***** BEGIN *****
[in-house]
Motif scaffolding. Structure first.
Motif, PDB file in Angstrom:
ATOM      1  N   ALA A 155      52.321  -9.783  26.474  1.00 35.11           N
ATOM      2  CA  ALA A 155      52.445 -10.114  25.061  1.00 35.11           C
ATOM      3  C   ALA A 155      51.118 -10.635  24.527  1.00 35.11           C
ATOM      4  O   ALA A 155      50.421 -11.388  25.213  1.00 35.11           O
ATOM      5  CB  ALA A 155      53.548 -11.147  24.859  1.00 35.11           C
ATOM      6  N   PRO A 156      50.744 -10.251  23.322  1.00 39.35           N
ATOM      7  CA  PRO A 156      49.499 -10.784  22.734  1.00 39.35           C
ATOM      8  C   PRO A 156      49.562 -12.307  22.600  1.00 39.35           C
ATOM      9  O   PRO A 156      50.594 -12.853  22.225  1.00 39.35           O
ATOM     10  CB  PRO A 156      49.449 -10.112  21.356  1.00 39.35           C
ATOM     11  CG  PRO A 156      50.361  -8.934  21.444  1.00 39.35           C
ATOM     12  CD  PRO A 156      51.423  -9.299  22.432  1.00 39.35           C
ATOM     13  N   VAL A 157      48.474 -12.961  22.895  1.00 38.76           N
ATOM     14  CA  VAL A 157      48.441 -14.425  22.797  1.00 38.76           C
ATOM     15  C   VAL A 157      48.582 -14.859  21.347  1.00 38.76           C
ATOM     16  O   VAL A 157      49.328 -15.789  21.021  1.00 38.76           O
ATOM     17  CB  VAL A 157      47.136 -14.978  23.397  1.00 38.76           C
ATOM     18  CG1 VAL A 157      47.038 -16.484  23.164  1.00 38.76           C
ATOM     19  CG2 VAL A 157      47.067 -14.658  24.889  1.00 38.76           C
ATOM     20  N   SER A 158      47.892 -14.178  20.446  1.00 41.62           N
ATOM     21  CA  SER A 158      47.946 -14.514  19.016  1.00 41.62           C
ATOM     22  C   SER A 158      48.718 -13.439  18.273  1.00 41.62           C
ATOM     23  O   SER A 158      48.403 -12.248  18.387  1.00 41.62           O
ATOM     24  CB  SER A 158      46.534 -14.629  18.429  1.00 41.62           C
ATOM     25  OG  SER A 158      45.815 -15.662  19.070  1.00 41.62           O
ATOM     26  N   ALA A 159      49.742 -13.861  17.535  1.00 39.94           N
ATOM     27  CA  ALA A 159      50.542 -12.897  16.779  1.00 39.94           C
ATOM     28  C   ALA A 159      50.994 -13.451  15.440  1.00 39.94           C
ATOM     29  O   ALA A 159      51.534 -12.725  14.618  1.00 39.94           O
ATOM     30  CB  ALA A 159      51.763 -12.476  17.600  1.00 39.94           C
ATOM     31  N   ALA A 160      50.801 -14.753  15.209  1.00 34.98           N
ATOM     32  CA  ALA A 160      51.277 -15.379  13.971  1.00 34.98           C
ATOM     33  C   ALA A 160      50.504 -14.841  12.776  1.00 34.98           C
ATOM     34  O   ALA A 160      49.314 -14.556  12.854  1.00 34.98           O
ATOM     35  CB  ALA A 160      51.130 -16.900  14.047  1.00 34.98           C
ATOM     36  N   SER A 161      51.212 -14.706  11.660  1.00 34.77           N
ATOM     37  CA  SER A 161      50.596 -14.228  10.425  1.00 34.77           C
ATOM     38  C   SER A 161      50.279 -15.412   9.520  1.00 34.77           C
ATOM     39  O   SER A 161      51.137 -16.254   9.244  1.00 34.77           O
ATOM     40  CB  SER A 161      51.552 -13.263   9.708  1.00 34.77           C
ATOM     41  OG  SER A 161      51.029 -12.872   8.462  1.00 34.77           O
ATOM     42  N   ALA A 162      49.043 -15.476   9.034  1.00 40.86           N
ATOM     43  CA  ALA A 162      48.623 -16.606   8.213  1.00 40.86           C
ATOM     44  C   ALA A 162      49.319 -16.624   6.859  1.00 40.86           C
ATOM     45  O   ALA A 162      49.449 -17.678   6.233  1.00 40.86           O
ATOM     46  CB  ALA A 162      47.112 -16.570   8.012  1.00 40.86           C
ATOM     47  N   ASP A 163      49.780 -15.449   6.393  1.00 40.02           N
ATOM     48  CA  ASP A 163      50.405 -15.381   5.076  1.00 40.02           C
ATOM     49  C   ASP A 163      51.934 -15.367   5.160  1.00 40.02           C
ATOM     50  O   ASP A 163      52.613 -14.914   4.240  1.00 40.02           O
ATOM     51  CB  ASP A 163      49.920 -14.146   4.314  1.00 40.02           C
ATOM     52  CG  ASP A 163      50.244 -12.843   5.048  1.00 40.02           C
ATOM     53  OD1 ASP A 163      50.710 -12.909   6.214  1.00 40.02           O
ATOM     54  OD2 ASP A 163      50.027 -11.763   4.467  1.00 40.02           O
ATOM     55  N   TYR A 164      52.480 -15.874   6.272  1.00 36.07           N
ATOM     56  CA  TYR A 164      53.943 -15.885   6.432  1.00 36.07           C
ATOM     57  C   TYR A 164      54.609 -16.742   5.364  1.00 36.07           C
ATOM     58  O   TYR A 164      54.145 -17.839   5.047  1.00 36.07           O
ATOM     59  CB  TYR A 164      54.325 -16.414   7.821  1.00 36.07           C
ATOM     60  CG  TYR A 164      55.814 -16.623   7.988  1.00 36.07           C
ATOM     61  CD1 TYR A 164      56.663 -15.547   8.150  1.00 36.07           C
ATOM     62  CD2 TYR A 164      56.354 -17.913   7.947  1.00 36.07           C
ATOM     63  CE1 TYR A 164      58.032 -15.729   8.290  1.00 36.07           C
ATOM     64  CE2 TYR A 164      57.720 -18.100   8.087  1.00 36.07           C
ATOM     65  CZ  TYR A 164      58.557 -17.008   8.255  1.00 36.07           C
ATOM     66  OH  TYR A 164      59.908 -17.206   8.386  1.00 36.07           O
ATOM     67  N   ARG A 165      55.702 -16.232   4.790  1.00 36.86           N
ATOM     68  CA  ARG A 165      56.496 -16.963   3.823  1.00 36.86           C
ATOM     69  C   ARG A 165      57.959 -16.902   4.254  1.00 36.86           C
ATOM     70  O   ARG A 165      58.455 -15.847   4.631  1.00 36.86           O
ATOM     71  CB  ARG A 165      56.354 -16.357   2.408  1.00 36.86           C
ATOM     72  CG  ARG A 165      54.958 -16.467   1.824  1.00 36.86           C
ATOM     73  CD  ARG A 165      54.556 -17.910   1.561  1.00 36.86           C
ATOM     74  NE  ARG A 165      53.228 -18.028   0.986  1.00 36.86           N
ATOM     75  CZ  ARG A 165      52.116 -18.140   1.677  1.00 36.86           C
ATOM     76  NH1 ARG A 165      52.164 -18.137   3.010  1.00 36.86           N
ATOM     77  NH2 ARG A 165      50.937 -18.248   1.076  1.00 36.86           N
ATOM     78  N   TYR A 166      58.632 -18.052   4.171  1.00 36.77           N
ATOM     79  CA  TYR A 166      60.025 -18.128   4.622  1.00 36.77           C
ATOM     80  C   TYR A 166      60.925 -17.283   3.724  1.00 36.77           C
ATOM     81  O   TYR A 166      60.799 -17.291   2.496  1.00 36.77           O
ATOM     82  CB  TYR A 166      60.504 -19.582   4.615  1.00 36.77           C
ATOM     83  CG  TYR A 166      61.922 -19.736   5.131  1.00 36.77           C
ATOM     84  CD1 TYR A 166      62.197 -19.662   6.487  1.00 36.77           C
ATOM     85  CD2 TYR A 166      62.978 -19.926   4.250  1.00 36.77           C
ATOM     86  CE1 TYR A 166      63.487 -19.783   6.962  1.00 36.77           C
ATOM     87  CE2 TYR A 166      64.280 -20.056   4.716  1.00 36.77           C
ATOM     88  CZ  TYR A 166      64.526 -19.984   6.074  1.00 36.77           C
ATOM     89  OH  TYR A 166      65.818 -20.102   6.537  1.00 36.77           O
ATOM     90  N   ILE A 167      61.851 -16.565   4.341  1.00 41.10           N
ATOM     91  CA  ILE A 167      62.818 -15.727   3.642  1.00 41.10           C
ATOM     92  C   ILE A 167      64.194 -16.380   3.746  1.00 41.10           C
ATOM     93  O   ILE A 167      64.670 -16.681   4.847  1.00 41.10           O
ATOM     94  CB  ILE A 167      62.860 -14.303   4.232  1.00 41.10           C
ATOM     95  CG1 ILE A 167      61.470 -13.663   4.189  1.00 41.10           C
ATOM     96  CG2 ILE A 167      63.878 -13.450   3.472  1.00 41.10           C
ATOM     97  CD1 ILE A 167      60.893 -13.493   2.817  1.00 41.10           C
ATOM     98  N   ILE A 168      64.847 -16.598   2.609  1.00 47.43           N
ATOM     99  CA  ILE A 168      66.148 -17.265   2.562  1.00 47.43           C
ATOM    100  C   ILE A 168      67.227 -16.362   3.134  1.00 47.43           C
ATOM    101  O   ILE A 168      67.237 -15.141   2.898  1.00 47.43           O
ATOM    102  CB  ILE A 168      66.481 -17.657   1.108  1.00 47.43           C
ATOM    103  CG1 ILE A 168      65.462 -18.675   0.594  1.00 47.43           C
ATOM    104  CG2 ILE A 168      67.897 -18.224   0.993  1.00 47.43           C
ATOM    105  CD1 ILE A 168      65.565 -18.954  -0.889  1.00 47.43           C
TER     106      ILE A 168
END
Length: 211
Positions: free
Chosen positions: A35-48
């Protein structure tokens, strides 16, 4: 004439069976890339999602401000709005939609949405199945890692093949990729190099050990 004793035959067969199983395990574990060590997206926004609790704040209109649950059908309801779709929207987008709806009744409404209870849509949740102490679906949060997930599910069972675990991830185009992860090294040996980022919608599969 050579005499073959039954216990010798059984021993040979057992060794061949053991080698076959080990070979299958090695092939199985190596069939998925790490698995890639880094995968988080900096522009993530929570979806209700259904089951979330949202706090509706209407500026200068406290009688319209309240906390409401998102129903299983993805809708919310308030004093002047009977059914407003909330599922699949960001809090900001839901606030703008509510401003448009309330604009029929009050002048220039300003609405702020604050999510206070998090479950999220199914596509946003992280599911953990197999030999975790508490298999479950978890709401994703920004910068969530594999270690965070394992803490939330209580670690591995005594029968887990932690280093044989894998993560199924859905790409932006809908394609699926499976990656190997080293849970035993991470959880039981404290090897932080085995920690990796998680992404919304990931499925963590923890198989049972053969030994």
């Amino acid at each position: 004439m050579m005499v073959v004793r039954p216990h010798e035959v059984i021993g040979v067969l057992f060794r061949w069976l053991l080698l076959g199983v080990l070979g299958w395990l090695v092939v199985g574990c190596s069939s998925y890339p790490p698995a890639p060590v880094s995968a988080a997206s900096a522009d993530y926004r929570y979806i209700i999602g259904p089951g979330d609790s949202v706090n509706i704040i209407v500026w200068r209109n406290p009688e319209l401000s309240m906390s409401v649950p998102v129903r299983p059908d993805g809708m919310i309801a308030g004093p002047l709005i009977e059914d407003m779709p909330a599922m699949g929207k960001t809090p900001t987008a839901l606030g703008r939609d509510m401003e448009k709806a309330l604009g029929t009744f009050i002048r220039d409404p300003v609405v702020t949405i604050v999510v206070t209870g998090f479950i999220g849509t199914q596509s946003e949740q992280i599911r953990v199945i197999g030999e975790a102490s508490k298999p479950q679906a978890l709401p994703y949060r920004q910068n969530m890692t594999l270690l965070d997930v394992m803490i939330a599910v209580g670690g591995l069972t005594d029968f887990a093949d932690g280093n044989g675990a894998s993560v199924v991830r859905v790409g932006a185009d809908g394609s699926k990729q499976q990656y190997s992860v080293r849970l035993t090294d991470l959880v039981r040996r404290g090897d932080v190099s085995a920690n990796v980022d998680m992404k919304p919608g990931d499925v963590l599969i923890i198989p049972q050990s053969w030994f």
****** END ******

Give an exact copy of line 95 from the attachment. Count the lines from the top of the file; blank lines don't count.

ATOM     92  C   ILE A 167      64.194 -16.380   3.746  1.00 41.10           C